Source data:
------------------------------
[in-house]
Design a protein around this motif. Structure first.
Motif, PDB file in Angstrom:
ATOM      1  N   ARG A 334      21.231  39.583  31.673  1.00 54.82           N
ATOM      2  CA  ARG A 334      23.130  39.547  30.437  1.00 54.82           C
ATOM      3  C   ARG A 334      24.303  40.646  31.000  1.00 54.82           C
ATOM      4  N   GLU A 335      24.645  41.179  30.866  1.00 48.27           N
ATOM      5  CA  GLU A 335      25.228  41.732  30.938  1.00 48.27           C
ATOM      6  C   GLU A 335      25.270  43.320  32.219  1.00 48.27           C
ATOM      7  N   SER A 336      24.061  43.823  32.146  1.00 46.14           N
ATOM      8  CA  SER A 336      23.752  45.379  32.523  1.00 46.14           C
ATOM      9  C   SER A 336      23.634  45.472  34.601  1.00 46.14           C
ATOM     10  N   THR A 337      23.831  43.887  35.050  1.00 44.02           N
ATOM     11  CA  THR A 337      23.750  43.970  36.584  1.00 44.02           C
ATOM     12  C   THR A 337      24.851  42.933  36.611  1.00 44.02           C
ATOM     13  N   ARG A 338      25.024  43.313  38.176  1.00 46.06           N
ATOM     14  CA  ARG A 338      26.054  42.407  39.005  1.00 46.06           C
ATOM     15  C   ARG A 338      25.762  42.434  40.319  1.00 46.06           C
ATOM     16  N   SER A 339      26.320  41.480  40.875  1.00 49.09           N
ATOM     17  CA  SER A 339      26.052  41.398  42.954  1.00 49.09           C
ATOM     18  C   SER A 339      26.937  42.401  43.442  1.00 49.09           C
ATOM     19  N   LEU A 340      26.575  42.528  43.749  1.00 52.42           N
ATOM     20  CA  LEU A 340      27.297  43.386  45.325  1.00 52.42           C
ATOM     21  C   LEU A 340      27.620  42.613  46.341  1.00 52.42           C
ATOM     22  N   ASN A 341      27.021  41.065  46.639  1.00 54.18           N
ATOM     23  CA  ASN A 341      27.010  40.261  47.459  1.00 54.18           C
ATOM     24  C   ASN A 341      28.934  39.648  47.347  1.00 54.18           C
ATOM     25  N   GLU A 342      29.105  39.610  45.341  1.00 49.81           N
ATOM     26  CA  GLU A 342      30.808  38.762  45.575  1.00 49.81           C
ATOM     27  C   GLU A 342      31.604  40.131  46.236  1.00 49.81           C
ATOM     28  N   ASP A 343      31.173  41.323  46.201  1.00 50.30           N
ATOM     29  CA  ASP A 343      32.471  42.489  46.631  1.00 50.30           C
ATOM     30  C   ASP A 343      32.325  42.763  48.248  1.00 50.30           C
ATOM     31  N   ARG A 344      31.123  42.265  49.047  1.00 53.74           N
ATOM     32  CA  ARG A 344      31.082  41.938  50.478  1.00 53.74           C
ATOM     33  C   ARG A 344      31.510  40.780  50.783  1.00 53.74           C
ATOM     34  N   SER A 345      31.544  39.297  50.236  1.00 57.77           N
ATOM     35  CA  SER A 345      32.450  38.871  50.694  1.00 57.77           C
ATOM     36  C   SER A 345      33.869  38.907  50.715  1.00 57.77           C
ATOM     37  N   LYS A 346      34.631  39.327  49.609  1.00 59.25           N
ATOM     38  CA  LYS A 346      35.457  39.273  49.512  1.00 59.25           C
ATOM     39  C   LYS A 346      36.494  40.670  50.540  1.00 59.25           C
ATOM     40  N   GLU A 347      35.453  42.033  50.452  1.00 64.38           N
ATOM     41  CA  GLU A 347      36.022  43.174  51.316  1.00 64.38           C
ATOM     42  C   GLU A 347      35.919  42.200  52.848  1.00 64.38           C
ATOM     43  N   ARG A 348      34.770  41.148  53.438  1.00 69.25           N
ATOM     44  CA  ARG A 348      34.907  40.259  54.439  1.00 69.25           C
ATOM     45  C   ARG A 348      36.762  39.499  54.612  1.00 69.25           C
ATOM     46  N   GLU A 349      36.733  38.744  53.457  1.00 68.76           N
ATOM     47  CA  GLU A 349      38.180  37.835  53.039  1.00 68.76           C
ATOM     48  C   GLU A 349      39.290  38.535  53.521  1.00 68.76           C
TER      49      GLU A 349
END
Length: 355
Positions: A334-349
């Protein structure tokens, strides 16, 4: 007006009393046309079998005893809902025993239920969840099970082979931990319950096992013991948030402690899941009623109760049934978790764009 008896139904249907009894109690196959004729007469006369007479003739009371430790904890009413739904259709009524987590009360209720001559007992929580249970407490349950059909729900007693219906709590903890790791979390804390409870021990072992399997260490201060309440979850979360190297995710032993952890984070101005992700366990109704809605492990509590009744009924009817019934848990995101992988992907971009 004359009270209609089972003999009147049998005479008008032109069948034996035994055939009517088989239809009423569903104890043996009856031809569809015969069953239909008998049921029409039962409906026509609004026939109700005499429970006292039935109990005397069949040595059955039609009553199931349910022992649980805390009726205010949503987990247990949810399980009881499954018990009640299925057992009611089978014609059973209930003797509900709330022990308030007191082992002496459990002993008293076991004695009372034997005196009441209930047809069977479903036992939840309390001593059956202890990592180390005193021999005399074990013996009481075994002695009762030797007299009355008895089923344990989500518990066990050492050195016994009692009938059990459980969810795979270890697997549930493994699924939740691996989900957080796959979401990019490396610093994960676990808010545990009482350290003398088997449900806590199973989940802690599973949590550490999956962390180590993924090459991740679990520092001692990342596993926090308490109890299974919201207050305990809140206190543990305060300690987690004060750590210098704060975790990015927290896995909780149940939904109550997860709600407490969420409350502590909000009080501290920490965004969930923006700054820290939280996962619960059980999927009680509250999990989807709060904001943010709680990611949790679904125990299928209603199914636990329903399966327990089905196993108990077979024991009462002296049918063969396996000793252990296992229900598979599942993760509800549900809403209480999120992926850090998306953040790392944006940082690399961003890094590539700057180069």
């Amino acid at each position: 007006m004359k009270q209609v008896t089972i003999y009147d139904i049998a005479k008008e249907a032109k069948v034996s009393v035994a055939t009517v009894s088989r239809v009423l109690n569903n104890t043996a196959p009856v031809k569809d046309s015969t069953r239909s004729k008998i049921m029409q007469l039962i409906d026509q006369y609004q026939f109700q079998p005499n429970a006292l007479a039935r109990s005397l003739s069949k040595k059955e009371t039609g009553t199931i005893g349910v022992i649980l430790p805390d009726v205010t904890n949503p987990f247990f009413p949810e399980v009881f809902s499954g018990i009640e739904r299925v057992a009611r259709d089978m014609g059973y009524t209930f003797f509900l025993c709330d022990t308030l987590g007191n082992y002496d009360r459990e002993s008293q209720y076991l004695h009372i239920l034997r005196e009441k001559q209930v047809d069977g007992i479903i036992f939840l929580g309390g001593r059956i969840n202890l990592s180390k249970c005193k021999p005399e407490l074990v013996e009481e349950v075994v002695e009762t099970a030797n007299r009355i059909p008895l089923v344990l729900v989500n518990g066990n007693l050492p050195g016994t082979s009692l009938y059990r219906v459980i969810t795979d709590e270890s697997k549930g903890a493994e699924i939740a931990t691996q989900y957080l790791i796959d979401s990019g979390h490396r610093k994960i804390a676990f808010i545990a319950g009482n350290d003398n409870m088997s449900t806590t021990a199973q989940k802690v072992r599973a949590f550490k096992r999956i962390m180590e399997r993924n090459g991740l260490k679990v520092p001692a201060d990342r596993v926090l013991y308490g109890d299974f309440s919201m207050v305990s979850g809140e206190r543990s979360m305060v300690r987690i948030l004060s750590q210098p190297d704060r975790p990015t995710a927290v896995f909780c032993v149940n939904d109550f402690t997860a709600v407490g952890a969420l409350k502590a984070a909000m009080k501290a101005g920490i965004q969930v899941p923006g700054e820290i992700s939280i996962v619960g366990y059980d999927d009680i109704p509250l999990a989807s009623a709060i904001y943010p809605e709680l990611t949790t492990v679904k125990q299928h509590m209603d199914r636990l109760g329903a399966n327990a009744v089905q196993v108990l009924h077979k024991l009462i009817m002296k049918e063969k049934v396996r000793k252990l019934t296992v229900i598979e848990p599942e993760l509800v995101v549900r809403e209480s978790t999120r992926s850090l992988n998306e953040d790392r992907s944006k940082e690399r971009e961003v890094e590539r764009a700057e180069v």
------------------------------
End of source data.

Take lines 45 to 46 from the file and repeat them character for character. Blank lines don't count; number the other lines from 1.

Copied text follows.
ATOM     42  C   GLU A 347      35.919  42.200  52.848  1.00 64.38           C
ATOM     43  N   ARG A 348      34.770  41.148  53.438  1.00 69.25           N